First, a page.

A similar procedure with a focus on the electric scalar potential and making the same gauge choice will yield

${\displaystyle \Box \varphi =\left[\nabla ^{2}-{\frac {1}{c^{2}}}{\frac {\partial ^{2}}{\partial t^{2}}}\right]\varphi =-{\frac {1}{\varepsilon _{0}}}\rho .}$

These are simpler and more symmetric forms of the inhomogeneous Maxwell's equations. Note that the Coulomb gauge also fixes the problem of Lorentz invariance, but leaves a coupling term with first-order derivatives.

Here

${\displaystyle c={\frac {1}{\sqrt {\varepsilon _{0}\mu _{0}}}}}$
is the vacuum velocity of light, and ${\displaystyle \Box }$ is the d'Alembertian operator. These equations are not only valid under vacuum conditions, but also in polarized media,[7] if ${\displaystyle \rho }$ and ${\displaystyle {\vec {J}}}$ are source density and circulation density, respectively, of the electromagnetic induction fields ${\displaystyle {\vec {E}}}$ and ${\displaystyle {\vec {B}}}$ calculated as usual from ${\displaystyle \varphi }$ and ${\displaystyle {\vec {A}}}$ by the equations
{\displaystyle {\begin{aligned}\mathbf {E} &=-\nabla \varphi -{\frac {\partial \mathbf {A} }{\partial t}}\\\mathbf {B} &=\nabla \times \mathbf {A} \end{aligned}}}

The explicit solutions for ${\displaystyle \varphi }$ and ${\displaystyle \mathbf {A} }$ – unique, if all quantities vanish sufficiently fast at infinity – are known as retarded potentials.

## History

When originally published, Lorenz's work was not received well by Maxwell. Maxwell had eliminated the Coulomb electrostatic force from his derivation of the electromagnetic wave equation since he was working in what would nowadays be termed the Coulomb gauge. The Lorenz gauge hence contradicted Maxwell's original derivation of the EM wave equation by introducing a retardation effect to the Coulomb force and bringing it inside the EM wave equation alongside the time varying electric field, which was introduced in Lorenz's paper "On the identity of the vibrations of light with electrical currents". Lorenz's work was the first symmetrizing shortening of Maxwell's equations after Maxwell himself published his 1865 paper. In 1888, retarded potentials came into general use after Heinrich Rudolf Hertz's experiments on electromagnetic waves. In 1895, a further boost to the theory of retarded potentials came after J. J. Thomson's interpretation of data for electrons (after which investigation into electrical phenomena changed from time-dependent electric charge and electric current distributions over to moving point charges).[2]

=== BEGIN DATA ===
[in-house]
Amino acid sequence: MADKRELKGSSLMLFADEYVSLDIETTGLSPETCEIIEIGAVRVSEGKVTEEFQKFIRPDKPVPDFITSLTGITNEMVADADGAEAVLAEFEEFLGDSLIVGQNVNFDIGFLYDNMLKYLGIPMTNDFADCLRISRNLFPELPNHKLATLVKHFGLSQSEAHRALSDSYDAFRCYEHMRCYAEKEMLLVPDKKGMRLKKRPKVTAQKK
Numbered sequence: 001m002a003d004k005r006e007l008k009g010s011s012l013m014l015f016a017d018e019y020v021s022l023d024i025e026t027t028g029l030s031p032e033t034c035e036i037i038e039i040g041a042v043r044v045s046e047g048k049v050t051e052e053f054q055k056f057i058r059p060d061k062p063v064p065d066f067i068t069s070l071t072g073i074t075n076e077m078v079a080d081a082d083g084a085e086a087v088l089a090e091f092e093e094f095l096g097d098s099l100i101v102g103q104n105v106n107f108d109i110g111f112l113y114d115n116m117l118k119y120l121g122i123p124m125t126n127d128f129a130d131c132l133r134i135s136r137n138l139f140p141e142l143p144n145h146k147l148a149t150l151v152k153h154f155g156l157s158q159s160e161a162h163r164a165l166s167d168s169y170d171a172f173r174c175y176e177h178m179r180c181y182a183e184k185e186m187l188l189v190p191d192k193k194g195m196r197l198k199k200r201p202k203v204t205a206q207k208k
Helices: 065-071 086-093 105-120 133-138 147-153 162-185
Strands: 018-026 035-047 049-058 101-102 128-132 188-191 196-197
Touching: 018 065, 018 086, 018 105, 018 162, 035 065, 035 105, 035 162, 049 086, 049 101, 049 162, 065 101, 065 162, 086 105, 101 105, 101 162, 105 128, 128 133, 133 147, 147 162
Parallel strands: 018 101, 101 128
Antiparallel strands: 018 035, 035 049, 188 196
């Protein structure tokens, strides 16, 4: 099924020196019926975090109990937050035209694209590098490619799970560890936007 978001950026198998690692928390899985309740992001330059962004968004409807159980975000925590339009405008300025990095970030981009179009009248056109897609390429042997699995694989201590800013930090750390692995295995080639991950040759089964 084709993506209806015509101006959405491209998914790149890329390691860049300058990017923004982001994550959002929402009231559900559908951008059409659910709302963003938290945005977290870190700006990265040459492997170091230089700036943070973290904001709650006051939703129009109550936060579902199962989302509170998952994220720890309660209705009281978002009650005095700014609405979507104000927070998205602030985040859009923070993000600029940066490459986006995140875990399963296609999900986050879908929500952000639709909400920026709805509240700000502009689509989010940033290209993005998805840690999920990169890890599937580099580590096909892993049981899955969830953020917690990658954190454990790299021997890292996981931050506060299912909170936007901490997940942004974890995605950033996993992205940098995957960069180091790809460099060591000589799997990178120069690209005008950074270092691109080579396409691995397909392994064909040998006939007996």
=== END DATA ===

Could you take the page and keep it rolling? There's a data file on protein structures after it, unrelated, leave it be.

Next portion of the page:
## References

1. ^ Jackson, J.D.; Okun, L.B. (2001), "Historical roots of gauge invariance", Reviews of Modern Physics, 73 (3): 663–680, arXiv:hep-ph/0012061, Bibcode:2001RvMP...73..663J, doi:10.1103/RevModPhys.73.663, S2CID 8285663
2. ^ a b McDonald, Kirk T. (1997), "The relation between expressions for time-dependent electromagnetic fields given by Jefimenko and by Panofsky and Phillips" (PDF), American Journal of Physics, 65 (11): 1074–1076, Bibcode:1997AmJPh..65.1074M, CiteSeerX 10.1.1.299.9838, doi:10.1119/1.18723
3. ^ Jackson, John David (1999). Classical Electrodynamics (3rd ed.). John Wiley & Sons. p. 240. ISBN 978-0-471-30932-1.
4. ^ Keller, Ole (2012-02-02). Quantum Theory of Near-Field Electrodynamics. Springer Science & Business Media. p. 19. Bibcode:2011qtnf.book.....K. ISBN 9783642174100.
5. ^ Gbur, Gregory J. (2011). Mathematical Methods for Optical Physics and Engineering. Cambridge University Press. p. 59. Bibcode:2011mmop.book.....G. ISBN 978-0-521-51610-5.
6. ^ Heitler, Walter (1954). The Quantum Theory of Radiation. Courier Corporation. p. 3. ISBN 9780486645582.
7. ^ For example, see Cheremisin, M. V.; Okun, L. B. (2003). "Riemann-Silberstein representation of the complete Maxwell equations set". arXiv:hep-th/0310036.